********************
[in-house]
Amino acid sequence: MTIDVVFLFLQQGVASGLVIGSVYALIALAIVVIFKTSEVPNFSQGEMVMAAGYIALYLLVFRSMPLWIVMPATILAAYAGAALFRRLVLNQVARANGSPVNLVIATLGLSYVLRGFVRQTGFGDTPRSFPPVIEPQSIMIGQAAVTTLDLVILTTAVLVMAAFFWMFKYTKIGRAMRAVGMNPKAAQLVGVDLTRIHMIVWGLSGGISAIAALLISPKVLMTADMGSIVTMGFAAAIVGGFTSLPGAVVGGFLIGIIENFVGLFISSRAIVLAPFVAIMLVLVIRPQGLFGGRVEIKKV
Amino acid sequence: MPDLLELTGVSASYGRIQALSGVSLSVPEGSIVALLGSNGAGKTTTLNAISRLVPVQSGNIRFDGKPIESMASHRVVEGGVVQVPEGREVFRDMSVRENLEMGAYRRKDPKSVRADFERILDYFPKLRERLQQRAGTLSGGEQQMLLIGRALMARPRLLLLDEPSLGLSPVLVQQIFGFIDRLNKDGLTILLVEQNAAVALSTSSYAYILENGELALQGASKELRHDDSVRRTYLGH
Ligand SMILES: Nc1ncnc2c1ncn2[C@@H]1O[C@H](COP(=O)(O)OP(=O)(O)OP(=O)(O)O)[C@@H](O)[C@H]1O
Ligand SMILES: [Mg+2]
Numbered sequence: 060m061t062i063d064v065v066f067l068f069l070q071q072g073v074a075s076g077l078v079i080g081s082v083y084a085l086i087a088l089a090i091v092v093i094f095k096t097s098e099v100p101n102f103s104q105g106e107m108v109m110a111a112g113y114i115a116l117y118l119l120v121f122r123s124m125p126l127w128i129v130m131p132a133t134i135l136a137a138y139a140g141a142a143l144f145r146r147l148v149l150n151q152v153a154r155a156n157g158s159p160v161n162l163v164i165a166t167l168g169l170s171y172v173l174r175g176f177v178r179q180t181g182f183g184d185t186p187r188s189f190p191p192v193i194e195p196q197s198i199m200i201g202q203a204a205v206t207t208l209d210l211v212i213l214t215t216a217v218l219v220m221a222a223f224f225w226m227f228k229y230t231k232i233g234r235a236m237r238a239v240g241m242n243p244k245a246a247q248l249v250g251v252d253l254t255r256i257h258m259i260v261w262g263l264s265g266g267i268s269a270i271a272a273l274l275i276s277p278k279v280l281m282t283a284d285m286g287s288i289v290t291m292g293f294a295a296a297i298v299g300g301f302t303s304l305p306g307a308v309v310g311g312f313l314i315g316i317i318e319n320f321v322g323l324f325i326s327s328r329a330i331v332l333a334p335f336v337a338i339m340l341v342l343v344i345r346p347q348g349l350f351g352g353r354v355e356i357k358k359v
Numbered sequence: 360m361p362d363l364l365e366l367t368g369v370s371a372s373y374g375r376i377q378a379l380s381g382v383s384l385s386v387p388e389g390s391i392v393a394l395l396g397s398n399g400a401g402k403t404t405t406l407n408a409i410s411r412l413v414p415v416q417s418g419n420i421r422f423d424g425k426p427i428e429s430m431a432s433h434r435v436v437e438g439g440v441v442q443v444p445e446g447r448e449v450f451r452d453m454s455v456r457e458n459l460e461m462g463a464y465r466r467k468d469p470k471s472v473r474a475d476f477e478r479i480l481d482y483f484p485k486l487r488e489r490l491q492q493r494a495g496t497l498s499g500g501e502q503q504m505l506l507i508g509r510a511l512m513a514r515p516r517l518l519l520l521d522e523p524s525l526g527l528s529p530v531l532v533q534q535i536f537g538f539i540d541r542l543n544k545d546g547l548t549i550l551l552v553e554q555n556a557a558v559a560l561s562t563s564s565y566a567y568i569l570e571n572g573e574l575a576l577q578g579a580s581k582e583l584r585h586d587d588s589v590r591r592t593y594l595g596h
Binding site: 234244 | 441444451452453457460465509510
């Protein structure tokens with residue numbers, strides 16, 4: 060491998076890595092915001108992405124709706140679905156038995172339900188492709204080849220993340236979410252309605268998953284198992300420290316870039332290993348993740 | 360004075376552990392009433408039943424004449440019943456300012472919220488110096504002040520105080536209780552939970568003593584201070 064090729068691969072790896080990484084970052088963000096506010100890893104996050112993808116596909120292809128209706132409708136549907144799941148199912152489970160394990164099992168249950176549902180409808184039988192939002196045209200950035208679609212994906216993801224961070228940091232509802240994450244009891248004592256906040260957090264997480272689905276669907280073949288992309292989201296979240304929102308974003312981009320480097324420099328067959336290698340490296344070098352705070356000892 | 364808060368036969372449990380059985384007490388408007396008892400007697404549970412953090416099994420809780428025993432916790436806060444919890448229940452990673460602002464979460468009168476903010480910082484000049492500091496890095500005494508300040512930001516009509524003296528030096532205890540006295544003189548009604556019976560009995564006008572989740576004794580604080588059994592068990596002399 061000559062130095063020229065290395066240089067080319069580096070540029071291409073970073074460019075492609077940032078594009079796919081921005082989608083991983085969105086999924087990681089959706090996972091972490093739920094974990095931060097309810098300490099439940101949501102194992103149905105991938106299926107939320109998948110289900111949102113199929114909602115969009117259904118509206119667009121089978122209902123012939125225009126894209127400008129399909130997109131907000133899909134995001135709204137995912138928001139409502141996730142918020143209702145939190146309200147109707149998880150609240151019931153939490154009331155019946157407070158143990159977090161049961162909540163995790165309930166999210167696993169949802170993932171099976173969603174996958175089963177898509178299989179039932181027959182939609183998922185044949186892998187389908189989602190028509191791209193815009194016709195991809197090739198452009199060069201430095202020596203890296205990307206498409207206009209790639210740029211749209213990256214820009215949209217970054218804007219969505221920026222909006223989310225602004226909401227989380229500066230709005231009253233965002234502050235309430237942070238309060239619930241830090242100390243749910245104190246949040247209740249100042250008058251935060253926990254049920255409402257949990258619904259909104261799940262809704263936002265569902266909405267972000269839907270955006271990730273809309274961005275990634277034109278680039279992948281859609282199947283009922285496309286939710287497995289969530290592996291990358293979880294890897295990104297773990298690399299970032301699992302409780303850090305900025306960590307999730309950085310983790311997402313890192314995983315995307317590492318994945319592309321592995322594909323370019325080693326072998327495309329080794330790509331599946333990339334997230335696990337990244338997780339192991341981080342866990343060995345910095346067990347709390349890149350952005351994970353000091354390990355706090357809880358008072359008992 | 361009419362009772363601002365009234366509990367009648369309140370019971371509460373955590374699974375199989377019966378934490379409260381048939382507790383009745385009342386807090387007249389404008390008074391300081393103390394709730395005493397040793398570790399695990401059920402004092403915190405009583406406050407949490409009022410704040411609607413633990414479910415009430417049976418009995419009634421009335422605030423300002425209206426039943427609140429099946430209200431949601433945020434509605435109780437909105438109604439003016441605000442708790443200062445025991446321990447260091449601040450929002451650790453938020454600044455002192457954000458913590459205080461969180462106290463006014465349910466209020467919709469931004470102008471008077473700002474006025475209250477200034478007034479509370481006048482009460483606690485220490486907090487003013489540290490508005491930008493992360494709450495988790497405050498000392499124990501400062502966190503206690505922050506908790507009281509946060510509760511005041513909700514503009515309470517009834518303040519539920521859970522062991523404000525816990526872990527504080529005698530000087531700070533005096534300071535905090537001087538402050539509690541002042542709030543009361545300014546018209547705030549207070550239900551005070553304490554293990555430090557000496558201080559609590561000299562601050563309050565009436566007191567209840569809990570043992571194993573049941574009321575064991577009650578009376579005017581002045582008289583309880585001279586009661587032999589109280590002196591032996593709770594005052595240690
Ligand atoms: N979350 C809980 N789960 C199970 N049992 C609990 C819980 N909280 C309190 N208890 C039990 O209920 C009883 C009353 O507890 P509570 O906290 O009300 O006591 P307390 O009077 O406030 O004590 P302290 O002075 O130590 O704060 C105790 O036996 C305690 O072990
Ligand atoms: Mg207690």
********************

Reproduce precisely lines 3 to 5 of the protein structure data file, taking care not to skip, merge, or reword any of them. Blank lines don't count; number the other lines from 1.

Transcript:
Amino acid sequence: MPDLLELTGVSASYGRIQALSGVSLSVPEGSIVALLGSNGAGKTTTLNAISRLVPVQSGNIRFDGKPIESMASHRVVEGGVVQVPEGREVFRDMSVRENLEMGAYRRKDPKSVRADFERILDYFPKLRERLQQRAGTLSGGEQQMLLIGRALMARPRLLLLDEPSLGLSPVLVQQIFGFIDRLNKDGLTILLVEQNAAVALSTSSYAYILENGELALQGASKELRHDDSVRRTYLGH
Ligand SMILES: Nc1ncnc2c1ncn2[C@@H]1O[C@H](COP(=O)(O)OP(=O)(O)OP(=O)(O)O)[C@@H](O)[C@H]1O
Ligand SMILES: [Mg+2]